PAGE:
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The claim that Bermondsey might ‘be entitled in a few years to be regarded as one of Britain’s health resorts’ might seem pretty far-fetched. That claim made in 1928 – when the borough was one of London’s poorest and, in the words of the same speaker, ‘one huge slum’ – seems ludicrous.

Bermondsey: aerial view, 1926

Bermondsey: aerial view, 1926

But that was the ambition of Bermondsey’s new Labour council and its pioneering officials. And that was the goal of Alfred Salter – constituency MP, borough councillor and popular local GP – who articulated the dream.

Alfred Salter

Ada Salter

Salter, with the indispensable support and industry of his wife Ada, was the driving force behind what became known as Bermondsey’s Revolution. He and his Labour colleagues believed ‘with Ruskin that “there is no wealth but life.”’

The means to defend, extend and enhance life that the Council mobilised were varied.  We’ll look at those too but this entry focuses on one area in which Bermondsey can claim to be unique – the design and scope of what was called (unashamedly in those days) its propaganda for health.

The campaign began in 1924 with a report by the borough’s then Medical Officer of Health, Dr King Brown, unpromisingly entitled, ‘Education of the Public in Hygiene’.   Behind the bureaucratese lay a missionary zeal shared with the Council leadership to improve working-class lives and conditions so systematically undermined by ‘Capitalism and Landlordism’.

The Council embraced the report and King Brown’s successor, Donald Connan, pioneered a breadth and range of public health education unequalled in the country.  The knowledge that so much ill health was preventable – even in the cruel circumstances prevailing in Bermondsey – fuelled the campaign.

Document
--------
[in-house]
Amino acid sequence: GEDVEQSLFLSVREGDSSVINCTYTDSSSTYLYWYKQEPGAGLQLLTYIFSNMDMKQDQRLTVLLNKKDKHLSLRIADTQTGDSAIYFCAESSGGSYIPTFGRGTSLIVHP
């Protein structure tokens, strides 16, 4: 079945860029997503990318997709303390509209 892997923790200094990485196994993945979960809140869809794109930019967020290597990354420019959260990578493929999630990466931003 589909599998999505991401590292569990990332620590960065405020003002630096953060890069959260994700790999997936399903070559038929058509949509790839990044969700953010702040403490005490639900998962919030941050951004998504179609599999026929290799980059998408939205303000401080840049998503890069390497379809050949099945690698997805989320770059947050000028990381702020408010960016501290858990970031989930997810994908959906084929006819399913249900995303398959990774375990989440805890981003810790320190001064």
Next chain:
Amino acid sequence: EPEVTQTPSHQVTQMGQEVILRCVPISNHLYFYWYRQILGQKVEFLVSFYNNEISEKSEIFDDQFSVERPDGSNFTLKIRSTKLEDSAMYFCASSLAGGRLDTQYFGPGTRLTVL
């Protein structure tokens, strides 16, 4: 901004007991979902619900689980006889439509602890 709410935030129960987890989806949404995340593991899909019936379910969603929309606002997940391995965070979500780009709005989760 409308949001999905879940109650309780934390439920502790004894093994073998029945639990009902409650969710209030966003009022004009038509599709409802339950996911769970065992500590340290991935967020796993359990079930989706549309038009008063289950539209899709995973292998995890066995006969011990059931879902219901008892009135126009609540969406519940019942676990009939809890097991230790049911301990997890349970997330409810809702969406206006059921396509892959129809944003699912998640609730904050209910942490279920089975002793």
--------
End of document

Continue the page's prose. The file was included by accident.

TB, rickets, rheumatism, heart disease, venereal disease, diabetes and a range of infectious and industrial diseases were targeted.   Improved lighting and ventilation in homes were encouraged.   Self-help measures around diet and personal cleanliness were powerfully advocated.

The first school lecture was given in February 1925.  There were 440 further by 1933.  School certificates in hygiene were first awarded in 1930 and extended to a practical and written Diploma in Home Nursing in 1933.

Talks were given to any and every local group or organisation that would take them and leaflets produced on a range of subjects – 30 different pamphlets were in circulation before the war.  ‘Electric signs’ and advertisements were also employed.

Bermondsey health poster

But ‘from the start it was recognised,’ states Dr Connan, ‘that the scheme could not be complete without street preaching and, to conform with the general plan, this had to be illustrated by lantern slides and films’.

Bermondsey health show

The campaign’s intention to reach local people and the inventiveness of that approach is best seen in the ‘cinemotor’ vans that the council designed and built to show films in the streets and open spaces.  Three customised vehicles were in use by 1939, taking their electricity supply from street lamps modified for the purpose.  (There is an imagination at work here rooted in realities which couldn’t be more prosaic yet more pressing.)

Bermondsey cinema show

As the programme developed and its resources grew, a successful pattern emerged.   Dr Connan recounts: ‘Our usual procedure with an audience is to give a short talk illustrated by lantern slides, then show a film, invite discussion, and finally give a pamphlet on the same subject’.

What his formal language doesn’t capture is the excitement that these shows could generate at a time when so much of life was lived on the streets.  Naturally children were the most enthusiastic – shouting out or singing the captions to the slides and silent movies – but they helped to gather a crowd and in the end as many as 100 to 250 people might gather to watch.

The shows took place generally in the spring and autumn as the films couldn’t be seen in the brighter days of summer.  Not that the British weather always cooperated: in 1927 only 19 outdoors showings were possible; in the warmer, drier year of 1930, there were 70.